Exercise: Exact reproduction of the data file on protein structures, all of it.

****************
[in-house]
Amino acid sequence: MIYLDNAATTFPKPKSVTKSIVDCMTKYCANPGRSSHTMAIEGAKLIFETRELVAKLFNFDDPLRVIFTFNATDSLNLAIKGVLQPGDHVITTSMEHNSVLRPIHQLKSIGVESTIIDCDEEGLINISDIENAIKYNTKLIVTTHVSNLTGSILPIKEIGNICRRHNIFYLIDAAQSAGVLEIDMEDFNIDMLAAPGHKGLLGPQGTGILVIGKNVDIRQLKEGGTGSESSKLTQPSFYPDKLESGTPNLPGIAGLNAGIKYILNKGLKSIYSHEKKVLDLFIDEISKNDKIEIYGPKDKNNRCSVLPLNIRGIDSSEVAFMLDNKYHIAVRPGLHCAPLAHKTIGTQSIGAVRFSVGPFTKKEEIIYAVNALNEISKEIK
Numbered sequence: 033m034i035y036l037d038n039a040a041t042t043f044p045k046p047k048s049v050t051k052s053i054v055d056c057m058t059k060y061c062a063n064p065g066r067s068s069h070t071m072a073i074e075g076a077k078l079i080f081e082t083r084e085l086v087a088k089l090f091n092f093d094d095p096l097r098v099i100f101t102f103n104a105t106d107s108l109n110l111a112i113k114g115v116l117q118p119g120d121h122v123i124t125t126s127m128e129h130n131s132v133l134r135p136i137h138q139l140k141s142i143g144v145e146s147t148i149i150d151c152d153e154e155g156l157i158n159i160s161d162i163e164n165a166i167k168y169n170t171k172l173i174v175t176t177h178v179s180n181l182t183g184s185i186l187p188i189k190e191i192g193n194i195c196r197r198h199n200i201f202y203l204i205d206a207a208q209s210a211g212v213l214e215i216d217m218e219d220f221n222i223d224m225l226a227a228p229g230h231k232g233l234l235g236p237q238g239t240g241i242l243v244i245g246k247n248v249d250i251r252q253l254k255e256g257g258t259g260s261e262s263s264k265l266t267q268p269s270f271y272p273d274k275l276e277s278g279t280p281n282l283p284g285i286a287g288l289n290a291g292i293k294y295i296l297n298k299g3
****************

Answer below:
[in-house]
Amino acid sequence: MIYLDNAATTFPKPKSVTKSIVDCMTKYCANPGRSSHTMAIEGAKLIFETRELVAKLFNFDDPLRVIFTFNATDSLNLAIKGVLQPGDHVITTSMEHNSVLRPIHQLKSIGVESTIIDCDEEGLINISDIENAIKYNTKLIVTTHVSNLTGSILPIKEIGNICRRHNIFYLIDAAQSAGVLEIDMEDFNIDMLAAPGHKGLLGPQGTGILVIGKNVDIRQLKEGGTGSESSKLTQPSFYPDKLESGTPNLPGIAGLNAGIKYILNKGLKSIYSHEKKVLDLFIDEISKNDKIEIYGPKDKNNRCSVLPLNIRGIDSSEVAFMLDNKYHIAVRPGLHCAPLAHKTIGTQSIGAVRFSVGPFTKKEEIIYAVNALNEISKEIK
Numbered sequence: 033m034i035y036l037d038n039a040a041t042t043f044p045k046p047k048s049v050t051k052s053i054v055d056c057m058t059k060y061c062a063n064p065g066r067s068s069h070t071m072a073i074e075g076a077k078l079i080f081e082t083r084e085l086v087a088k089l090f091n092f093d094d095p096l097r098v099i100f101t102f103n104a105t106d107s108l109n110l111a112i113k114g115v116l117q118p119g120d121h122v123i124t125t126s127m128e129h130n131s132v133l134r135p136i137h138q139l140k141s142i143g144v145e146s147t148i149i150d151c152d153e154e155g156l157i158n159i160s161d162i163e164n165a166i167k168y169n170t171k172l173i174v175t176t177h178v179s180n181l182t183g184s185i186l187p188i189k190e191i192g193n194i195c196r197r198h199n200i201f202y203l204i205d206a207a208q209s210a211g212v213l214e215i216d217m218e219d220f221n222i223d224m225l226a227a228p229g230h231k232g233l234l235g236p237q238g239t240g241i242l243v244i245g246k247n248v249d250i251r252q253l254k255e256g257g258t259g260s261e262s263s264k265l266t267q268p269s270f271y272p273d274k275l276e277s278g279t280p281n282l283p284g285i286a287g288l289n290a291g292i293k294y295i296l297n298k299g3